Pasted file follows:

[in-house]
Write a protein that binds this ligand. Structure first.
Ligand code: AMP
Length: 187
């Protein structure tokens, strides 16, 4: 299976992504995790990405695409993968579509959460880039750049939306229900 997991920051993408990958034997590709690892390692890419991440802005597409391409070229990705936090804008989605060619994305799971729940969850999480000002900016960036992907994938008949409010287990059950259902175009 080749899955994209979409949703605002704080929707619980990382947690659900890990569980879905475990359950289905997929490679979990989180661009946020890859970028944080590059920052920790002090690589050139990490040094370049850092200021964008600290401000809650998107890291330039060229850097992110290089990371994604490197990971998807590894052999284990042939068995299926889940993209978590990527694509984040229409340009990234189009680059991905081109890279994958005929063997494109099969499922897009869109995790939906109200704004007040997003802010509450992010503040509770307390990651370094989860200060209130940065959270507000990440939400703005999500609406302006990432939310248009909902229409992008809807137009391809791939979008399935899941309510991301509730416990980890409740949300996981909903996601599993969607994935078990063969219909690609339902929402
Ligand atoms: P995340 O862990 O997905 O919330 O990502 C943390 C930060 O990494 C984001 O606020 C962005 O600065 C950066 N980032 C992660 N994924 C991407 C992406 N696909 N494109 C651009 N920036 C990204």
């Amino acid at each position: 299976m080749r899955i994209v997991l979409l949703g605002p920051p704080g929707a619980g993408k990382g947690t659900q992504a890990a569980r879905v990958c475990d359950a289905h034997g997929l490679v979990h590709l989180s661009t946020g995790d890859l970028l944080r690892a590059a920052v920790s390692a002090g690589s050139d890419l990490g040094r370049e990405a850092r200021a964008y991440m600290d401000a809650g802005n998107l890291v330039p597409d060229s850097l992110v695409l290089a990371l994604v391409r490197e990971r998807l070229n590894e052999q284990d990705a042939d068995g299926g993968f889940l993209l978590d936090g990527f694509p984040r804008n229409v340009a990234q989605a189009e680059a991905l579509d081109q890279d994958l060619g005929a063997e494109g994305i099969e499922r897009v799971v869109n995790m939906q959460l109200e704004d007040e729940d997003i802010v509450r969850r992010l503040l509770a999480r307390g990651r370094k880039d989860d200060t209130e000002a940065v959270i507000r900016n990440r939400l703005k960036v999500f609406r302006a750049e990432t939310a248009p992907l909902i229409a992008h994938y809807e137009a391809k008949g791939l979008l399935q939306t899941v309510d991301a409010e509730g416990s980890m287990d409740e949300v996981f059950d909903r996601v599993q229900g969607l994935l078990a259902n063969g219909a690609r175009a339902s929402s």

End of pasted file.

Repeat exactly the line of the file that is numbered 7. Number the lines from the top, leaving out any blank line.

């Amino acid at each position: 299976m080749r899955i994209v997991l979409l949703g605002p920051p704080g929707a619980g993408k990382g947690t659900q992504a890990a569980r879905v990958c475990d359950a289905h034997g997929l490679v979990h590709l989180s661009t946020g995790d890859l970028l944080r690892a590059a920052v920790s390692a002090g690589s050139d890419l990490g040094r370049e990405a850092r200021a964008y991440m600290d401000a809650g802005n998107l890291v330039p597409d060229s850097l992110v695409l290089a990371l994604v391409r490197e990971r998807l070229n590894e052999q284990d990705a042939d068995g299926g993968f889940l993209l978590d936090g990527f694509p984040r804008n229409v340009a990234q989605a189009e680059a991905l579509d081109q890279d994958l060619g005929a063997e494109g994305i099969e499922r897009v799971v869109n995790m939906q959460l109200e704004d007040e729940d997003i802010v509450r969850r992010l503040l509770a999480r307390g990651r370094k880039d989860d200060t209130e000002a940065v959270i507000r900016n990440r939400l703005k960036v999500f609406r302006a750049e990432t939310a248009p992907l909902i229409a992008h994938y809807e137009a391809k008949g791939l979008l399935q939306t899941v309510d991301a409010e509730g416990s980890m287990d409740e949300v996981f059950d909903r996601v599993q229900g969607l994935l078990a259902n063969g219909a690609r175009a339902s929402s």